Boogaard’s career as an enforcer scarred by substance abuse
BOY on Ice: The Life and Death of Derek Boogaard sets out innocently enough. It opens, naturally, on the minor hockey rinks of rural Saskatchewan, the spawning ground of countless boyhood hockey dreams, including a five-year-old Derek Boogaard, a tall and chubby-cheeked kid in the winter of 1987. It ends with Boogaard dead of a lethal combination of alcohol and prescription painkillers in May 2001, at age 28. The meat of this story is the in-between; the ultimately ill-fated journey of Boogaard, who — as documented by Pulitzer Prize-winning journalist John Branch — would fall through every crack in professional hockey’s supposed string of safety nets. This book is not a delight to read, nor was that the intent. It’s the story of a downward spiral that sheds valuable light on the violent underbelly of the NHL. In fact, you could call Boogaard a poster boy for the gathering movement to rid hockey of fighting — except, sadly, he’s rather one of the more recent casualties of a system that, as the New York Times writer reveals, is either incapable or unwilling to confront the dark byproducts of nurturing and employing grown men to, at the drop of a puck, punch opposing players, most often other “enforcers,” in the face. After all, the list already includes the likes of NHL prize-fighters Bob Probert and John Kordic (just to name two) whose struggles with addiction ended in premature death. Probert’s story was also told in book form, entitled Tough Guy: My Life on the Edge. Probert, who had 10 stints in rehabilitation during his career, was widely considered one of the most feared enforcers in NHL history. He died of a heart attack at age 46. The role of the enforcer, or goon, is also detailed by Branch, whose book is clearly meant for a larger audience than would typically consume the standard NHL star bio that would flit from one grand accomplishment to another. Most Canadian hockey fans would take such background for granted. But it’s important to underscore that the first report of an indoor hockey game, recorded in 1875, ended with a fight. Boogaard’s story is not easy to pigeonhole. Yes, it’s about the role of fighting in hockey for a six-footeight, 258-pound man who scored just three goals in 227 games, and fought 61 times. But it’s also about addiction and the tenuous and cutthroat nature of his chosen profession. At the very least, the reader will learn a little about the laundry list of prescription drugs Boogaard took — cyclobenzaprine (a muscle relaxer), tramadol and trazodone (anti-depressants), Restoril (a sedative), zolpidem (also known as Ambien), oxymorphone, hydrocodone and oxycontin (opioids). Boogaard, whose occupation consisted of delivering and receiving vicious punches to the head, was on a constant diet of pills during his NHL career, which spanned six seasons with the Minnesota Wild and New York Rangers. The exhaustive details are contained in the book, but consider that even after Boogaard was admitted to the league’s substance abuse program, even after testing positive in the majority of at least 20 drug tests, the player received at least 12 prescriptions for 274 Ambien pills from team doctors for both the Wild and Rangers, plus an additional 64 pills for hydrocodone or Vicodin. And that’s not including the copious amounts of pills (impossible to document) that Boogaard bought from dealers on the street. Indeed, some of the key components of the book are the cellphone and banking records, medical reports and prescription records from pharmacies uncovered by Boogaard’s father, Len, a former RCMP officer. Also invaluable are the 16 pages of handwritten notes found in Boogaard’s apartment after his death, which are brief glimpses into his formative years in junior hockey in the hardscrabble WHL. However, less conclusive is the role of Boogaard’s countless on-ice battles in his death. Boogaard’s brain, which weighed 1,580 grams, was subsequently studied by experts who found progressive brain damage, which is commonly known as CTE. The pathology was ultimately deemed inconclusive because the symptoms occurred during the same time Boogaard was exhibiting narcotic abuse. Regardless, Boogaard’s story and his premature demise only cast a greater shadow on hockey’s pugilistic element. The debate will probably will not soon end. Neither will stories of the likes of Boogaard and Probert and Kordic. When he died, Boogaard’s autopsy revealed the toxic levels of alcohol and painkillers for overdose victims. And another thing. The heavy scars on his hands.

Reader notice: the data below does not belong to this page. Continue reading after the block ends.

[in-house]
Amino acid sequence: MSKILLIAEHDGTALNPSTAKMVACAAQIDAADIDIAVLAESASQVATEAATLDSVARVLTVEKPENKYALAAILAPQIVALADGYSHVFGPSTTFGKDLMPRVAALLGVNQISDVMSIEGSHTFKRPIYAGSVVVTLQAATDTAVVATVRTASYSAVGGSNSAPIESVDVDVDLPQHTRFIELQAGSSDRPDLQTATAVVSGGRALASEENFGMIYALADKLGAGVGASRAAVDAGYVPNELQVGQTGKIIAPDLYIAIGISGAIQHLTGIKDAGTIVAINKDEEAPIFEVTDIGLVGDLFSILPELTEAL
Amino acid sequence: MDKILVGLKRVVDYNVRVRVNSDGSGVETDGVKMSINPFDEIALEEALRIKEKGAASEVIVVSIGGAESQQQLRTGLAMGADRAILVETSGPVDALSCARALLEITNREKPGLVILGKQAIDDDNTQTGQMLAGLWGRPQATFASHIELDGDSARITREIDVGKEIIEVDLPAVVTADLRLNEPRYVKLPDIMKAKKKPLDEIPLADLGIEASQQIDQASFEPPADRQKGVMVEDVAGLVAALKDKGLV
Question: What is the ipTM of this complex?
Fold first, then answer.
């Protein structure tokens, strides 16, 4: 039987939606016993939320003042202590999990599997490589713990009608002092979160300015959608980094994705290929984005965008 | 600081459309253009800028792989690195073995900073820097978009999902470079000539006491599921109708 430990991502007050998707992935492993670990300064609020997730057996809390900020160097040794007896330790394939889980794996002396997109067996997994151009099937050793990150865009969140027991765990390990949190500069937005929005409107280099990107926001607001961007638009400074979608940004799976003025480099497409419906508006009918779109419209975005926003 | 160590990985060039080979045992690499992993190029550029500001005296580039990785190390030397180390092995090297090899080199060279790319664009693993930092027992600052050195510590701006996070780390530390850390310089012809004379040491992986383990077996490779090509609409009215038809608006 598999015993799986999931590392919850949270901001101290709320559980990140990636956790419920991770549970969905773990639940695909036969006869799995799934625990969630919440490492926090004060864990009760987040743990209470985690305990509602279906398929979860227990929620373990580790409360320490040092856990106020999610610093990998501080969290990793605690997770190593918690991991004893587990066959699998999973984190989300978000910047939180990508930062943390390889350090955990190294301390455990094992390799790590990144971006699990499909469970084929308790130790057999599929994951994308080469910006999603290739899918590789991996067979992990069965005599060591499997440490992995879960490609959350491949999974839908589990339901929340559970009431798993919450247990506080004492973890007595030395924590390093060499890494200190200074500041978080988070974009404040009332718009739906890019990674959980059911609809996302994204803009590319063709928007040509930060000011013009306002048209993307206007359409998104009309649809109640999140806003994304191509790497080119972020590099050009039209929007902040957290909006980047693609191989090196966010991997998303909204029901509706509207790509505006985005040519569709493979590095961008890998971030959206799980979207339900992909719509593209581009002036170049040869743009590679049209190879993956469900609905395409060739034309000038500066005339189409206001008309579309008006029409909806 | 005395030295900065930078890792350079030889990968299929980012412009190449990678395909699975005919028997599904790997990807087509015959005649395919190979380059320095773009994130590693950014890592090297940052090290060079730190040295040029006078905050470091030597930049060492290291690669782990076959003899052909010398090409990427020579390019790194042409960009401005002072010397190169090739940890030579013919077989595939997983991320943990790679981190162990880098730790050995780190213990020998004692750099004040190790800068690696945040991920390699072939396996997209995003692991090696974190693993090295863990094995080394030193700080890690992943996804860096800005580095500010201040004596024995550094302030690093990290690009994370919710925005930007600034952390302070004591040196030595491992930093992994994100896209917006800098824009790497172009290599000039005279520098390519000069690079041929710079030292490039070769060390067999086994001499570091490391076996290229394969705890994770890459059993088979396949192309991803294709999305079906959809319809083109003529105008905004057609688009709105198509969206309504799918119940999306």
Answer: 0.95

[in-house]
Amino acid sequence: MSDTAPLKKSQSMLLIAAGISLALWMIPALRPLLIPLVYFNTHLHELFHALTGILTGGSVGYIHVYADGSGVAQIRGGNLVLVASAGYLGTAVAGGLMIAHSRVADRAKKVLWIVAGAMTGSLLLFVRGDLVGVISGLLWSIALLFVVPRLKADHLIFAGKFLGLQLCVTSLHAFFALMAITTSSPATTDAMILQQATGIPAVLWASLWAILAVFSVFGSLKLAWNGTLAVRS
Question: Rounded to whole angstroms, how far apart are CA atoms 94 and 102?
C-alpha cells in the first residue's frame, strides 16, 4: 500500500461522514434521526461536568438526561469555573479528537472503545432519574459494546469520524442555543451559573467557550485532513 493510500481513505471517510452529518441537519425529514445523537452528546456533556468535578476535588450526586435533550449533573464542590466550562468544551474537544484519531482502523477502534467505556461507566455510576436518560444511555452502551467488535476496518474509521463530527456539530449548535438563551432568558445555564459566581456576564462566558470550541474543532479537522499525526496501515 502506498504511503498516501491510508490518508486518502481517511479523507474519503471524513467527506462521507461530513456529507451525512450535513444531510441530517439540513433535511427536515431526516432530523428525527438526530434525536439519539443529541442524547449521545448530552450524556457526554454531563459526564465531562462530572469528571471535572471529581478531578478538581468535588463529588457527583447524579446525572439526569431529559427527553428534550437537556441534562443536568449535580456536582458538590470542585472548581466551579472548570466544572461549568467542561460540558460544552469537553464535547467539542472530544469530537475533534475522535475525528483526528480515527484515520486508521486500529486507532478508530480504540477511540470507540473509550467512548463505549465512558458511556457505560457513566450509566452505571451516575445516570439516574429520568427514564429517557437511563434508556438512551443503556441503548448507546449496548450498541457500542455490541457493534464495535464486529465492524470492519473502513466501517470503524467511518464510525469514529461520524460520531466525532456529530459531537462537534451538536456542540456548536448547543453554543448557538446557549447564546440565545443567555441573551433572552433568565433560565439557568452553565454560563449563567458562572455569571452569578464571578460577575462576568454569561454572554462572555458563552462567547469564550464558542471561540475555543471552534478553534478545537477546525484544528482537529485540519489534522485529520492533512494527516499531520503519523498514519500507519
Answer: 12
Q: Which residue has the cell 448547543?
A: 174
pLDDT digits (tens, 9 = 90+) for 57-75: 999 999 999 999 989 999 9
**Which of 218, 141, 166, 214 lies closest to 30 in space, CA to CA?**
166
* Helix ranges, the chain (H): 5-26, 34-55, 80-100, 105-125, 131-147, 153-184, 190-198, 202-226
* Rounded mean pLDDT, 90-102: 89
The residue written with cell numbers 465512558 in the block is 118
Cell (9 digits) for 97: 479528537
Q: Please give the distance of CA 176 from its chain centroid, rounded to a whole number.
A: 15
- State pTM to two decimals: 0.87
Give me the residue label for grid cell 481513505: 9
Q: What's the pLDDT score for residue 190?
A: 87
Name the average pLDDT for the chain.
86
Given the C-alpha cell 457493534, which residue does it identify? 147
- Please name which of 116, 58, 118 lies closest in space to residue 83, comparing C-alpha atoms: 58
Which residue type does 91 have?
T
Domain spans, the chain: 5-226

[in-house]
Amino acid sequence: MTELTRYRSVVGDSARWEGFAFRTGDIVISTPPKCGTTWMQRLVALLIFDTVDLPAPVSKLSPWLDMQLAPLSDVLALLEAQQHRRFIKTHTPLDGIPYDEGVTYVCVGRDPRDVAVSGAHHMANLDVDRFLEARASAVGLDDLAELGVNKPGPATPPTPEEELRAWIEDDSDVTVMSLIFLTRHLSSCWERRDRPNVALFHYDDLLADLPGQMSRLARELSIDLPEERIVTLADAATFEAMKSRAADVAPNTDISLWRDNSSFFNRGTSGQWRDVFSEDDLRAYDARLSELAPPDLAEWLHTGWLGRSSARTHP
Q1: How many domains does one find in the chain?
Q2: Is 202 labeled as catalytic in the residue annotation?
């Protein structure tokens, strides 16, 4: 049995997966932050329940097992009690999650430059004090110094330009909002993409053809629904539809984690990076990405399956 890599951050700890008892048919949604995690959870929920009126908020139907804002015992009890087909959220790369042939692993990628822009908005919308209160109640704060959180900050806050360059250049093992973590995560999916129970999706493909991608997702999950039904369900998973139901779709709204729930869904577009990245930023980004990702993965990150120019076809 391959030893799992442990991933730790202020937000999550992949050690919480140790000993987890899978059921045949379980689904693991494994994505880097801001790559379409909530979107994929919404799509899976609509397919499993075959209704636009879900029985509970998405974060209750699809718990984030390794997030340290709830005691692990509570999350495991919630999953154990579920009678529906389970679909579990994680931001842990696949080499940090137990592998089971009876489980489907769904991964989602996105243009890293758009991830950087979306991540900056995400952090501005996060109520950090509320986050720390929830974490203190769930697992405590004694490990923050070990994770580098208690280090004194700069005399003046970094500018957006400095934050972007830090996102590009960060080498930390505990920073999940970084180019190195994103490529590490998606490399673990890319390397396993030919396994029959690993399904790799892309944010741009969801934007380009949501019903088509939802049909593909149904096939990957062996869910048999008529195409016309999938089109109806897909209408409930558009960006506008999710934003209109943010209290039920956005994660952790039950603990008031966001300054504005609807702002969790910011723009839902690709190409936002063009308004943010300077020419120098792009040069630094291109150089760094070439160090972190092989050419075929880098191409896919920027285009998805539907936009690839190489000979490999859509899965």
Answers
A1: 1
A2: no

Even after testing positive in multiple drug tests, Derek Boogaard was able to receive numerous prescriptions for painkillers from team doctors.
Boogaard’s family leaves a chapel in Regina
after his funeral in May 2011.
BoBoy on IIce: ThThe Life and nd Death of Derek Boogaard